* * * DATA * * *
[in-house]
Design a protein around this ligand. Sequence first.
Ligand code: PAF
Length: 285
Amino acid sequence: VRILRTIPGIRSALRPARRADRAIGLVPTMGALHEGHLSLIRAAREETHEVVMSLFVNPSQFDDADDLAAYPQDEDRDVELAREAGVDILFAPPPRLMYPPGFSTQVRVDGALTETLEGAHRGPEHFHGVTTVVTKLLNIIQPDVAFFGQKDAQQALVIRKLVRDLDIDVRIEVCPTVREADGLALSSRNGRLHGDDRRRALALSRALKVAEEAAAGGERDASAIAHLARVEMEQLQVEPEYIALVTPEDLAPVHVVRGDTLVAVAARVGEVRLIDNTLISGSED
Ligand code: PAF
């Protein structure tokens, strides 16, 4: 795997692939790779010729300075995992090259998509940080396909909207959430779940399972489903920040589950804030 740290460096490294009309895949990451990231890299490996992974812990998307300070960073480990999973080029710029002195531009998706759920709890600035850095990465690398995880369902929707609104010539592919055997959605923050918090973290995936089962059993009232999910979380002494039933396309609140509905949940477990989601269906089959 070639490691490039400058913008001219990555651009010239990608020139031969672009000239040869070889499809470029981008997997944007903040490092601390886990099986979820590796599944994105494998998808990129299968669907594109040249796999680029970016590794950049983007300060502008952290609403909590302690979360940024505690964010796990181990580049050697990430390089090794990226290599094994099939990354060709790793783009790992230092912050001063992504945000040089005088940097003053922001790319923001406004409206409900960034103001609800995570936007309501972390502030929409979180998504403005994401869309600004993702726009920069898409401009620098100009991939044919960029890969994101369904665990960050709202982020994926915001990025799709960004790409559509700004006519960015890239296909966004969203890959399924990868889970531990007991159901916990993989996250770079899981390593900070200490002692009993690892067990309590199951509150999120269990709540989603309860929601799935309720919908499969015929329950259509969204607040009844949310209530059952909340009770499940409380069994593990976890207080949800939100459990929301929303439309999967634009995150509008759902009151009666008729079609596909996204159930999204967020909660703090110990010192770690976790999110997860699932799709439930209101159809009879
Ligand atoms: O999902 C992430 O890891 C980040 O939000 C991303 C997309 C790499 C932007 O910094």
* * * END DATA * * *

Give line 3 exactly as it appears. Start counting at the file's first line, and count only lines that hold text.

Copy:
Ligand code: PAF